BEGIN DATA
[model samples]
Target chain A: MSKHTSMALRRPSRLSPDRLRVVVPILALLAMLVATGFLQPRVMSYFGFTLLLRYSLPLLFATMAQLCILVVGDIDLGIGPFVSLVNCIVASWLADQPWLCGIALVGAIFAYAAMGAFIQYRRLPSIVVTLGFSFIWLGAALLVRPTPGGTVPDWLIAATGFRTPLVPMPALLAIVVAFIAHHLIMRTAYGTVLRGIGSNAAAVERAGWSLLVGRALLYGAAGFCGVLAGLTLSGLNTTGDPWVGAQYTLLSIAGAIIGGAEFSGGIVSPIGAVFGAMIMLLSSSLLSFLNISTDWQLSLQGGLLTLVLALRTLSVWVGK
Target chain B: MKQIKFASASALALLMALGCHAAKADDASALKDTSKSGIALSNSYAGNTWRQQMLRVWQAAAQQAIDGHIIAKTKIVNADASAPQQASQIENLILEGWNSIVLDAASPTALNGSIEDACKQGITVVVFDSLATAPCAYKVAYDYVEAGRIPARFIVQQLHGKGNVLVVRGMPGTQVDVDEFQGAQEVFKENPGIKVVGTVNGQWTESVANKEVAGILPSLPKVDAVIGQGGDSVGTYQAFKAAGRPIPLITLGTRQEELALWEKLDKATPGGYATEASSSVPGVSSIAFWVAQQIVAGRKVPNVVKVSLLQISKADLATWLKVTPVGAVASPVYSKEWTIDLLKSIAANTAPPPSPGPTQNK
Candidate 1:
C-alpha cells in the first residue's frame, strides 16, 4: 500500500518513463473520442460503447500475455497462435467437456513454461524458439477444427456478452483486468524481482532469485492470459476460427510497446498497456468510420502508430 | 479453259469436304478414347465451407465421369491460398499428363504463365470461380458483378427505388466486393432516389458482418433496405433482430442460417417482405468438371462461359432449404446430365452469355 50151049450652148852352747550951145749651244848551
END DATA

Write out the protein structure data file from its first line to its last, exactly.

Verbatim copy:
[model samples]
Target chain A: MSKHTSMALRRPSRLSPDRLRVVVPILALLAMLVATGFLQPRVMSYFGFTLLLRYSLPLLFATMAQLCILVVGDIDLGIGPFVSLVNCIVASWLADQPWLCGIALVGAIFAYAAMGAFIQYRRLPSIVVTLGFSFIWLGAALLVRPTPGGTVPDWLIAATGFRTPLVPMPALLAIVVAFIAHHLIMRTAYGTVLRGIGSNAAAVERAGWSLLVGRALLYGAAGFCGVLAGLTLSGLNTTGDPWVGAQYTLLSIAGAIIGGAEFSGGIVSPIGAVFGAMIMLLSSSLLSFLNISTDWQLSLQGGLLTLVLALRTLSVWVGK
Target chain B: MKQIKFASASALALLMALGCHAAKADDASALKDTSKSGIALSNSYAGNTWRQQMLRVWQAAAQQAIDGHIIAKTKIVNADASAPQQASQIENLILEGWNSIVLDAASPTALNGSIEDACKQGITVVVFDSLATAPCAYKVAYDYVEAGRIPARFIVQQLHGKGNVLVVRGMPGTQVDVDEFQGAQEVFKENPGIKVVGTVNGQWTESVANKEVAGILPSLPKVDAVIGQGGDSVGTYQAFKAAGRPIPLITLGTRQEELALWEKLDKATPGGYATEASSSVPGVSSIAFWVAQQIVAGRKVPNVVKVSLLQISKADLATWLKVTPVGAVASPVYSKEWTIDLLKSIAANTAPPPSPGPTQNK
Candidate 1:
C-alpha cells in the first residue's frame, strides 16, 4: 500500500518513463473520442460503447500475455497462435467437456513454461524458439477444427456478452483486468524481482532469485492470459476460427510497446498497456468510420502508430 | 479453259469436304478414347465451407465421369491460398499428363504463365470461380458483378427505388466486393432516389458482418433496405433482430442460417417482405468438371462461359432449404446430365452469355 50151049450652148852352747550951145749651244848551